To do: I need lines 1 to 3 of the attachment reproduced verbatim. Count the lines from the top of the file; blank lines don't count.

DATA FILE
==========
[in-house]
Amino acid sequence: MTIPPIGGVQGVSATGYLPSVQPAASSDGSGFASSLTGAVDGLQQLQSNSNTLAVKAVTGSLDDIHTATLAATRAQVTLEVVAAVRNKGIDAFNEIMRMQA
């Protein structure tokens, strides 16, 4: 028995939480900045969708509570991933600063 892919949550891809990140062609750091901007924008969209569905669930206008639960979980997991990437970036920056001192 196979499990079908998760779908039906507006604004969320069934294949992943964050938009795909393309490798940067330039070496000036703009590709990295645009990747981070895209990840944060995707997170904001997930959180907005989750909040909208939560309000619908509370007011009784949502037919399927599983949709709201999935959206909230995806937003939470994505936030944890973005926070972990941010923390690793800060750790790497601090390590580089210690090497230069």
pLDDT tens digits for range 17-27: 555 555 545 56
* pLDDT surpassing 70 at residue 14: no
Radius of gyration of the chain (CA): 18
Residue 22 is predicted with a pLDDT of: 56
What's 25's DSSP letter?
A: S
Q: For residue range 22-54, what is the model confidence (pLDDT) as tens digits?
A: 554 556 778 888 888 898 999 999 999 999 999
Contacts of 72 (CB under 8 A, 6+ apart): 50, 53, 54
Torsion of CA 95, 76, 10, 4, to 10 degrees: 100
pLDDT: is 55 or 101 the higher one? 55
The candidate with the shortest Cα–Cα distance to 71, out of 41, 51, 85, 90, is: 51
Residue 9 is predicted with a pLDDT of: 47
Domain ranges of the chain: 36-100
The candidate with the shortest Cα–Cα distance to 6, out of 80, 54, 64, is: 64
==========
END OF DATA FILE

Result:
[in-house]
Amino acid sequence: MTIPPIGGVQGVSATGYLPSVQPAASSDGSGFASSLTGAVDGLQQLQSNSNTLAVKAVTGSLDDIHTATLAATRAQVTLEVVAAVRNKGIDAFNEIMRMQA
């Protein structure tokens, strides 16, 4: 028995939480900045969708509570991933600063 892919949550891809990140062609750091901007924008969209569905669930206008639960979980997991990437970036920056001192 196979499990079908998760779908039906507006604004969320069934294949992943964050938009795909393309490798940067330039070496000036703009590709990295645009990747981070895209990840944060995707997170904001997930959180907005989750909040909208939560309000619908509370007011009784949502037919399927599983949709709201999935959206909230995806937003939470994505936030944890973005926070972990941010923390690793800060750790790497601090390590580089210690090497230069």